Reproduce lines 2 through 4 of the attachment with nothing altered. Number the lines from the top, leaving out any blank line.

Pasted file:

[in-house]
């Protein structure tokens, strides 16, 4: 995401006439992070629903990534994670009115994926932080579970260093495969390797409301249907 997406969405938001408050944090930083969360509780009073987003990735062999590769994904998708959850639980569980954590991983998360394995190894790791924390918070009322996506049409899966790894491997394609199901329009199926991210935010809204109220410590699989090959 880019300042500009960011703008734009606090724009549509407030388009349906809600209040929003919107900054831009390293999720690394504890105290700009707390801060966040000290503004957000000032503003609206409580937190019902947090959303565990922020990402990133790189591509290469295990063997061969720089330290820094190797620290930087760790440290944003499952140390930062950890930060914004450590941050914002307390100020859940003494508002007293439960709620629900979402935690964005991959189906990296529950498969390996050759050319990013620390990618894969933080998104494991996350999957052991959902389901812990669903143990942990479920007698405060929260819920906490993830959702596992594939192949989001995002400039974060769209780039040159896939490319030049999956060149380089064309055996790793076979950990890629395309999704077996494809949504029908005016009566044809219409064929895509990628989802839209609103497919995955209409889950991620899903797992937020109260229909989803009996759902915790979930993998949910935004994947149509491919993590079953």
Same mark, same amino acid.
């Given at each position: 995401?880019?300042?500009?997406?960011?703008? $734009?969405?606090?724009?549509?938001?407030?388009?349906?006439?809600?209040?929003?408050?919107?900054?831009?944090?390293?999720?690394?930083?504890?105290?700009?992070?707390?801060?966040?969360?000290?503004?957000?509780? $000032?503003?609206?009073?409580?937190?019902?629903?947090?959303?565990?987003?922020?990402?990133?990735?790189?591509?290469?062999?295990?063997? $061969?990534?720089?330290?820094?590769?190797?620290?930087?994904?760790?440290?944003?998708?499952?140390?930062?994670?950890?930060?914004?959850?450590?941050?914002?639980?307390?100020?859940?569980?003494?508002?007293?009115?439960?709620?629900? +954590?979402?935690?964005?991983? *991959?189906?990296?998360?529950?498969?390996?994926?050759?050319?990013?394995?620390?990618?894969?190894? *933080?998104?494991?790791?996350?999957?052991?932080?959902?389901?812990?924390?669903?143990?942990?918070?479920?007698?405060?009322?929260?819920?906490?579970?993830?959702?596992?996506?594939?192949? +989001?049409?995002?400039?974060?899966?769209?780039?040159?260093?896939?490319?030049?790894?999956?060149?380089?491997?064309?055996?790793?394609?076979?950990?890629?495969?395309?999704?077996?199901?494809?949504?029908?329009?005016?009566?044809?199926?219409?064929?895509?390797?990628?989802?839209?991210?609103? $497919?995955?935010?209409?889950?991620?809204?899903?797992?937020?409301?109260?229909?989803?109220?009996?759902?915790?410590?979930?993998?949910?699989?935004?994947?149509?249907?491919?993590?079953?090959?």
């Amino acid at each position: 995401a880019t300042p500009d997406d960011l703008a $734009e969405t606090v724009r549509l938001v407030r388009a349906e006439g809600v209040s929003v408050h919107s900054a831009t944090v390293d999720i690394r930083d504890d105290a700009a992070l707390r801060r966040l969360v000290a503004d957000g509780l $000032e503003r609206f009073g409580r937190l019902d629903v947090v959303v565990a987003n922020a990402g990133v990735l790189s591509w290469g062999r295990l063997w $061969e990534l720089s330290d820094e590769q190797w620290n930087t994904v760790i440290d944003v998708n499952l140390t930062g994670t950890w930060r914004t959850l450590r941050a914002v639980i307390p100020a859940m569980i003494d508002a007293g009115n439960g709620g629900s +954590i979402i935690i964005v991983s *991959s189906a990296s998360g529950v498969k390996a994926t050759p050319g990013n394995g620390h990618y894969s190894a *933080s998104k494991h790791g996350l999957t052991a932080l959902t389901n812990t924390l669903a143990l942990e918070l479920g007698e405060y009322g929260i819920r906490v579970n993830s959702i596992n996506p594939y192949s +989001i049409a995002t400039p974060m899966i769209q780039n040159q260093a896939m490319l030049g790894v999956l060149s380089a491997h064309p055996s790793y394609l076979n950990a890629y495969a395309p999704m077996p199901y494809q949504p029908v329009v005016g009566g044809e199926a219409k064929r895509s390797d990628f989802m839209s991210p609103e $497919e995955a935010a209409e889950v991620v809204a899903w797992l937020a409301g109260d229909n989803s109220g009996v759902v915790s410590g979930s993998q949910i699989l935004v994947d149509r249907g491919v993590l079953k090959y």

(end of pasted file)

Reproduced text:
């Protein structure tokens, strides 16, 4: 995401006439992070629903990534994670009115994926932080579970260093495969390797409301249907 997406969405938001408050944090930083969360509780009073987003990735062999590769994904998708959850639980569980954590991983998360394995190894790791924390918070009322996506049409899966790894491997394609199901329009199926991210935010809204109220410590699989090959 880019300042500009960011703008734009606090724009549509407030388009349906809600209040929003919107900054831009390293999720690394504890105290700009707390801060966040000290503004957000000032503003609206409580937190019902947090959303565990922020990402990133790189591509290469295990063997061969720089330290820094190797620290930087760790440290944003499952140390930062950890930060914004450590941050914002307390100020859940003494508002007293439960709620629900979402935690964005991959189906990296529950498969390996050759050319990013620390990618894969933080998104494991996350999957052991959902389901812990669903143990942990479920007698405060929260819920906490993830959702596992594939192949989001995002400039974060769209780039040159896939490319030049999956060149380089064309055996790793076979950990890629395309999704077996494809949504029908005016009566044809219409064929895509990628989802839209609103497919995955209409889950991620899903797992937020109260229909989803009996759902915790979930993998949910935004994947149509491919993590079953």
Same mark, same amino acid.
């Given at each position: 995401?880019?300042?500009?997406?960011?703008? $734009?969405?606090?724009?549509?938001?407030?388009?349906?006439?809600?209040?929003?408050?919107?900054?831009?944090?390293?999720?690394?930083?504890?105290?700009?992070?707390?801060?966040?969360?000290?503004?957000?509780? $000032?503003?609206?009073?409580?937190?019902?629903?947090?959303?565990?987003?922020?990402?990133?990735?790189?591509?290469?062999?295990?063997? $061969?990534?720089?330290?820094?590769?190797?620290?930087?994904?760790?440290?944003?998708?499952?140390?930062?994670?950890?930060?914004?959850?450590?941050?914002?639980?307390?100020?859940?569980?003494?508002?007293?009115?439960?709620?629900? +954590?979402?935690?964005?991983? *991959?189906?990296?998360?529950?498969?390996?994926?050759?050319?990013?394995?620390?990618?894969?190894? *933080?998104?494991?790791?996350?999957?052991?932080?959902?389901?812990?924390?669903?143990?942990?918070?479920?007698?405060?009322?929260?819920?906490?579970?993830?959702?596992?996506?594939?192949? +989001?049409?995002?400039?974060?899966?769209?780039?040159?260093?896939?490319?030049?790894?999956?060149?380089?491997?064309?055996?790793?394609?076979?950990?890629?495969?395309?999704?077996?199901?494809?949504?029908?329009?005016?009566?044809?199926?219409?064929?895509?390797?990628?989802?839209?991210?609103? $497919?995955?935010?209409?889950?991620?809204?899903?797992?937020?409301?109260?229909?989803?109220?009996?759902?915790?410590?979930?993998?949910?699989?935004?994947?149509?249907?491919?993590?079953?090959?």